5 Ways To Overcome Credit Issues to Get a Mortgage
Your credit score is an important part of your mortgage qualification – so what can you do if you have a less-than-perfect score, but you want to buy a home? If concerns about your credit score are keeping you out of the home ownership game, there are a few things you can do to boost your credit and improve your chances of getting home financing.
#1. Verify your credit history
A study from the Federal Trade Commission found that 1 in 5 consumers have an error on one of their credit reports. Don’t let incorrect information harm your score! You can request a free report from www.annualcreditreport.com since federal law requires the three main consumer credit bureaus (Experian, Equifax, and TransUnion) to give you a report every 12 months if you request it.
If you find incorrect information on your credit report, take steps to dispute it right away. Start by getting in touch with the credit reporting company – depending on the agency, you can either start a dispute online or send in a letter. Be as detailed as possible when you outline the incorrect information.
#2. Handle your late payments
If late payments are a consistent issue for you, start by setting up automatic payments for your accounts. Make sure you look at your pay day schedule and build your automatic payments around it – that way you will not overdraw any of your accounts. Next, tackle any outstanding bills or late payments. You can always call the creditor to see if late payment charges can be forgiven too.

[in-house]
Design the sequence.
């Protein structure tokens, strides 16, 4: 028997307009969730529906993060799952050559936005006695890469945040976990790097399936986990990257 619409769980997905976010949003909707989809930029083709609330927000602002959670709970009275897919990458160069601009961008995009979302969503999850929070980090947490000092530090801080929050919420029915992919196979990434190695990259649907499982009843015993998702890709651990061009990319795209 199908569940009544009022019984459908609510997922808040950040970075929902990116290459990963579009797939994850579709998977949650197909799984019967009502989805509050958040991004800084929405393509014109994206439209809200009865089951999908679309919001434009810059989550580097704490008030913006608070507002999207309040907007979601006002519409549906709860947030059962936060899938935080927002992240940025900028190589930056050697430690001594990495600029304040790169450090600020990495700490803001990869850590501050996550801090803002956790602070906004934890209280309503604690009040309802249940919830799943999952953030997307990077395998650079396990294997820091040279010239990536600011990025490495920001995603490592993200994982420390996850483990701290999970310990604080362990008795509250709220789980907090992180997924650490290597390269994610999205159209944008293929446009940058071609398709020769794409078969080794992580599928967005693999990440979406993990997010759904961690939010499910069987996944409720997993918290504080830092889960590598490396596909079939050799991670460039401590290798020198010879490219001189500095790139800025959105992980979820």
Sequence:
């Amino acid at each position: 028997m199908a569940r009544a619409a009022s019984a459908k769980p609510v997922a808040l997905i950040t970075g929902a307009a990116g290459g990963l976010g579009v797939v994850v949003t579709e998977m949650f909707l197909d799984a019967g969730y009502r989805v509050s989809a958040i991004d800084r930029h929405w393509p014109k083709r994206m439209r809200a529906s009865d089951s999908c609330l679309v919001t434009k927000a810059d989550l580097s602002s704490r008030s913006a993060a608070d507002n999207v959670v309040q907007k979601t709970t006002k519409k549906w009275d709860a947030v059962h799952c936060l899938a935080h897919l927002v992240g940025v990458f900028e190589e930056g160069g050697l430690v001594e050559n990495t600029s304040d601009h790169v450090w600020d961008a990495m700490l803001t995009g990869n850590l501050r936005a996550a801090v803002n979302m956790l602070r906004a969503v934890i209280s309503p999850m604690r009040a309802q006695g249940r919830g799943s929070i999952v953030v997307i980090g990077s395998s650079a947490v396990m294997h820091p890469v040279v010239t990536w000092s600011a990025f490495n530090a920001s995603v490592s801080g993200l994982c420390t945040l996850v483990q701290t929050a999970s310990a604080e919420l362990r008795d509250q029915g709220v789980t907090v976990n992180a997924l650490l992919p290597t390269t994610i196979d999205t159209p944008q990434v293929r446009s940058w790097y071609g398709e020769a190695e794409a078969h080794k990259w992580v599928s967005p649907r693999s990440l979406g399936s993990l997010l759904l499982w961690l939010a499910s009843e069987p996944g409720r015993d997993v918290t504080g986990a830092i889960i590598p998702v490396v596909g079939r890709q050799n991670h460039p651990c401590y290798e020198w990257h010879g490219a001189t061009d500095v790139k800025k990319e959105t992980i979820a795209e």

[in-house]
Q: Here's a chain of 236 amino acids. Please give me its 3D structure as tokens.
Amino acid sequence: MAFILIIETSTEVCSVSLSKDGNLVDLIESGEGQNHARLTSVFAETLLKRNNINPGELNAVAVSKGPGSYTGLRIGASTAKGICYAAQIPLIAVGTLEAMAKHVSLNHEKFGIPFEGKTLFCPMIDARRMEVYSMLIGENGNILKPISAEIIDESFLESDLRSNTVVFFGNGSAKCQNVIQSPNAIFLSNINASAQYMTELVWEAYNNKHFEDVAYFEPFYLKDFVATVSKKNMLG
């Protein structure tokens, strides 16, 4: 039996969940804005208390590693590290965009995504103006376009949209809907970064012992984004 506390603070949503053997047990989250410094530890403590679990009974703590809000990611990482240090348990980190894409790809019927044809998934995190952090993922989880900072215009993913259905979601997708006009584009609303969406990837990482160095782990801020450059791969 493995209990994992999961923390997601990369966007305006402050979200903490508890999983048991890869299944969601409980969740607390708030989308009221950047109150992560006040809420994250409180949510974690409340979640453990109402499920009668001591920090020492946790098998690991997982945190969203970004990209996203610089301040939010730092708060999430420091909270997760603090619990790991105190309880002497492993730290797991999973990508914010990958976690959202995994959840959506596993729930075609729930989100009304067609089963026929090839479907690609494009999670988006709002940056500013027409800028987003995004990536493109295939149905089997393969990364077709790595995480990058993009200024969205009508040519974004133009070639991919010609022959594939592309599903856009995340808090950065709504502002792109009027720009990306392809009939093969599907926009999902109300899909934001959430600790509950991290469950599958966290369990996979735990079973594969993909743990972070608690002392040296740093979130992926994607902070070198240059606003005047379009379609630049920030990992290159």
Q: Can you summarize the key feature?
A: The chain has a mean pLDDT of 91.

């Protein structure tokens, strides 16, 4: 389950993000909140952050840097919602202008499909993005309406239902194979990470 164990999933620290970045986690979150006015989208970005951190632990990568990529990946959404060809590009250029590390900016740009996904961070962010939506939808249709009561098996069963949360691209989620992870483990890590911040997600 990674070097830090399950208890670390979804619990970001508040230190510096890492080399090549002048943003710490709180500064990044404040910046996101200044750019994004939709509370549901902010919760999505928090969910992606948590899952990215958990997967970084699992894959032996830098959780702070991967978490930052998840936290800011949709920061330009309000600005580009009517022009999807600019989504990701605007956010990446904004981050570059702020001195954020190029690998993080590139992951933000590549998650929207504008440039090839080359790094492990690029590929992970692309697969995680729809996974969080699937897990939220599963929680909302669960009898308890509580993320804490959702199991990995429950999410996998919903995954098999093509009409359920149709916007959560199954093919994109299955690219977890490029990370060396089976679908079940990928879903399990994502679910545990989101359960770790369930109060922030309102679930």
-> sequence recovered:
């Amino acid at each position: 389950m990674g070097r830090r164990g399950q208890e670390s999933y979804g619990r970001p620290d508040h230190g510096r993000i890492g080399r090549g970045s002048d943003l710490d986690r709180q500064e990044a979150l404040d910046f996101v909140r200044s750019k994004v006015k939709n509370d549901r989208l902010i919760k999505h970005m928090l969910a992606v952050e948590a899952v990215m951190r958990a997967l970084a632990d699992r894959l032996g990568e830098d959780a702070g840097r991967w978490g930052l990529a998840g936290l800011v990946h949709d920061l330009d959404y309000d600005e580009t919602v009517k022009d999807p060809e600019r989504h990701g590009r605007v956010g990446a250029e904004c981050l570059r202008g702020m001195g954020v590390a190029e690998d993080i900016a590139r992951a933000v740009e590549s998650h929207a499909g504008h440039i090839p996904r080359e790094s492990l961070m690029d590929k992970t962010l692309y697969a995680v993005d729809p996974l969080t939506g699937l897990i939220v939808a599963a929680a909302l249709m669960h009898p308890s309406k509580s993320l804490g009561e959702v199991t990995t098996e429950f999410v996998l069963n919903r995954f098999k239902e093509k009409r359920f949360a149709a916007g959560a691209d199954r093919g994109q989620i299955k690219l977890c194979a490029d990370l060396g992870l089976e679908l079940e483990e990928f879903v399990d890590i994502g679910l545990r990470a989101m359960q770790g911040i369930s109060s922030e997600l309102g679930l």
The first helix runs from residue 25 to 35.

#3. Don’t apply for new credit unless you absolutely must
Although it’s tempting to apply for new credit every time you get an offer from a retail store, it might not be the best thing for your credit. Applying for multiple new credit cards within a small amount of time could hurt your credit score.
#4. Resolve collection accounts
Try negotiating with the collector to see if they will remove the account from your report if you pay it off. It’s important to get their approval in writing if they agree to this course of action. Follow up to make sure the account is removed by checking your credit report after you’ve paid it. If the account is still on your report, give the credit bureau a copy of your written agreement with the collector and proof that you paid off the debt.
#5. Analyze your credit utilization ratio
Simply put, your credit utilization ratio is the amount of revolving credit you currently use divided by the total amount of revolving credit you have available. For example, if you have a total of $20,000 in credit available on two credit cards and a balance of $10,000 on one card, your credit utilization ratio is 50% because you’re using half of your total available credit. The common recommendation is to maintain a credit utilization ratio below 30%. Since your credit utilization ratio is a major factor in calculating your credit score, it’s important to monitor how you’re using your credit.
Get in touch with one of our loan experts today if you have questions about your mortgage options. Let’s start a conversation about what loan programs might be available and how we can help you reach your goals.
This does not constitute credit advice. Borrowers should consult their own credit advisers regarding credit services or credit repair.